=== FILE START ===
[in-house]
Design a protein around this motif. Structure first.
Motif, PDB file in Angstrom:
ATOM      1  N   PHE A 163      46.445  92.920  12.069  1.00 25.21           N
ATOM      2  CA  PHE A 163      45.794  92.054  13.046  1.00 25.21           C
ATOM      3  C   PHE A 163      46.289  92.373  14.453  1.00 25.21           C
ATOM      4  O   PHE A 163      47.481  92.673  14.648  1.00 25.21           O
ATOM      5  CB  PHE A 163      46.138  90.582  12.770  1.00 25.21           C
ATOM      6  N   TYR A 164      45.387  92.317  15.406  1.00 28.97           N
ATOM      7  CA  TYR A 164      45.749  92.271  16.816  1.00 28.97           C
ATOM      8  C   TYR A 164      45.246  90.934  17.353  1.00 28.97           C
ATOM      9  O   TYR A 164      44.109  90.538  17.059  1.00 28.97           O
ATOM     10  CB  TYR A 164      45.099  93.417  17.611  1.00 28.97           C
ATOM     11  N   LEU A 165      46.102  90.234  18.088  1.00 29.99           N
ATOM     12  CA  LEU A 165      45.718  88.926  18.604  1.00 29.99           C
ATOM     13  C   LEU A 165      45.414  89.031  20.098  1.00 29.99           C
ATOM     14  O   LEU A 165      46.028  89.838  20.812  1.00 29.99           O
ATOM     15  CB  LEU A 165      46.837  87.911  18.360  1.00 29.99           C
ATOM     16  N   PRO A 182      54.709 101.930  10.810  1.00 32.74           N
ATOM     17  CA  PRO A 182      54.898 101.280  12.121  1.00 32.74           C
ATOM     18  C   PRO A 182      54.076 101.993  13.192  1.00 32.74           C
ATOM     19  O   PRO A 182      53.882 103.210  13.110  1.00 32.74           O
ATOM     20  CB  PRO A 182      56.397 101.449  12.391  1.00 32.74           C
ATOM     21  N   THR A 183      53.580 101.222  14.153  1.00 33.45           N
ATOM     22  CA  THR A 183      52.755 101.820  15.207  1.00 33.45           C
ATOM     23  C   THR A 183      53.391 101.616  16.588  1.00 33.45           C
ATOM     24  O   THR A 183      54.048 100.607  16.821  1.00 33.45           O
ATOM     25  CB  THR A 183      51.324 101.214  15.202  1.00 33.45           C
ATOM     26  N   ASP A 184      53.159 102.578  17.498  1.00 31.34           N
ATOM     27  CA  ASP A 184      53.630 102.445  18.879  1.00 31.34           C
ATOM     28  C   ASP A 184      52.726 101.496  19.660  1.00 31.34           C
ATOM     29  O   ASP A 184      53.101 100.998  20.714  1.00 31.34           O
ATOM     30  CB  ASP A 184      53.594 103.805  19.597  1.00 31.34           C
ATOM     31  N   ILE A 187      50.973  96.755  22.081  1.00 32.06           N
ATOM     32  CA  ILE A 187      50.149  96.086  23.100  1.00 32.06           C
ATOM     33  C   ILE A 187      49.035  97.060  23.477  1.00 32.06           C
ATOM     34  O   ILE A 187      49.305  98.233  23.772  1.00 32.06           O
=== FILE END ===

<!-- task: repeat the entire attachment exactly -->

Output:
[in-house]
Design a protein around this motif. Structure first.
Motif, PDB file in Angstrom:
ATOM      1  N   PHE A 163      46.445  92.920  12.069  1.00 25.21           N
ATOM      2  CA  PHE A 163      45.794  92.054  13.046  1.00 25.21           C
ATOM      3  C   PHE A 163      46.289  92.373  14.453  1.00 25.21           C
ATOM      4  O   PHE A 163      47.481  92.673  14.648  1.00 25.21           O
ATOM      5  CB  PHE A 163      46.138  90.582  12.770  1.00 25.21           C
ATOM      6  N   TYR A 164      45.387  92.317  15.406  1.00 28.97           N
ATOM      7  CA  TYR A 164      45.749  92.271  16.816  1.00 28.97           C
ATOM      8  C   TYR A 164      45.246  90.934  17.353  1.00 28.97           C
ATOM      9  O   TYR A 164      44.109  90.538  17.059  1.00 28.97           O
ATOM     10  CB  TYR A 164      45.099  93.417  17.611  1.00 28.97           C
ATOM     11  N   LEU A 165      46.102  90.234  18.088  1.00 29.99           N
ATOM     12  CA  LEU A 165      45.718  88.926  18.604  1.00 29.99           C
ATOM     13  C   LEU A 165      45.414  89.031  20.098  1.00 29.99           C
ATOM     14  O   LEU A 165      46.028  89.838  20.812  1.00 29.99           O
ATOM     15  CB  LEU A 165      46.837  87.911  18.360  1.00 29.99           C
ATOM     16  N   PRO A 182      54.709 101.930  10.810  1.00 32.74           N
ATOM     17  CA  PRO A 182      54.898 101.280  12.121  1.00 32.74           C
ATOM     18  C   PRO A 182      54.076 101.993  13.192  1.00 32.74           C
ATOM     19  O   PRO A 182      53.882 103.210  13.110  1.00 32.74           O
ATOM     20  CB  PRO A 182      56.397 101.449  12.391  1.00 32.74           C
ATOM     21  N   THR A 183      53.580 101.222  14.153  1.00 33.45           N
ATOM     22  CA  THR A 183      52.755 101.820  15.207  1.00 33.45           C
ATOM     23  C   THR A 183      53.391 101.616  16.588  1.00 33.45           C
ATOM     24  O   THR A 183      54.048 100.607  16.821  1.00 33.45           O
ATOM     25  CB  THR A 183      51.324 101.214  15.202  1.00 33.45           C
ATOM     26  N   ASP A 184      53.159 102.578  17.498  1.00 31.34           N
ATOM     27  CA  ASP A 184      53.630 102.445  18.879  1.00 31.34           C
ATOM     28  C   ASP A 184      52.726 101.496  19.660  1.00 31.34           C
ATOM     29  O   ASP A 184      53.101 100.998  20.714  1.00 31.34           O
ATOM     30  CB  ASP A 184      53.594 103.805  19.597  1.00 31.34           C
ATOM     31  N   ILE A 187      50.973  96.755  22.081  1.00 32.06           N
ATOM     32  CA  ILE A 187      50.149  96.086  23.100  1.00 32.06           C
ATOM     33  C   ILE A 187      49.035  97.060  23.477  1.00 32.06           C
ATOM     34  O   ILE A 187      49.305  98.233  23.772  1.00 32.06           O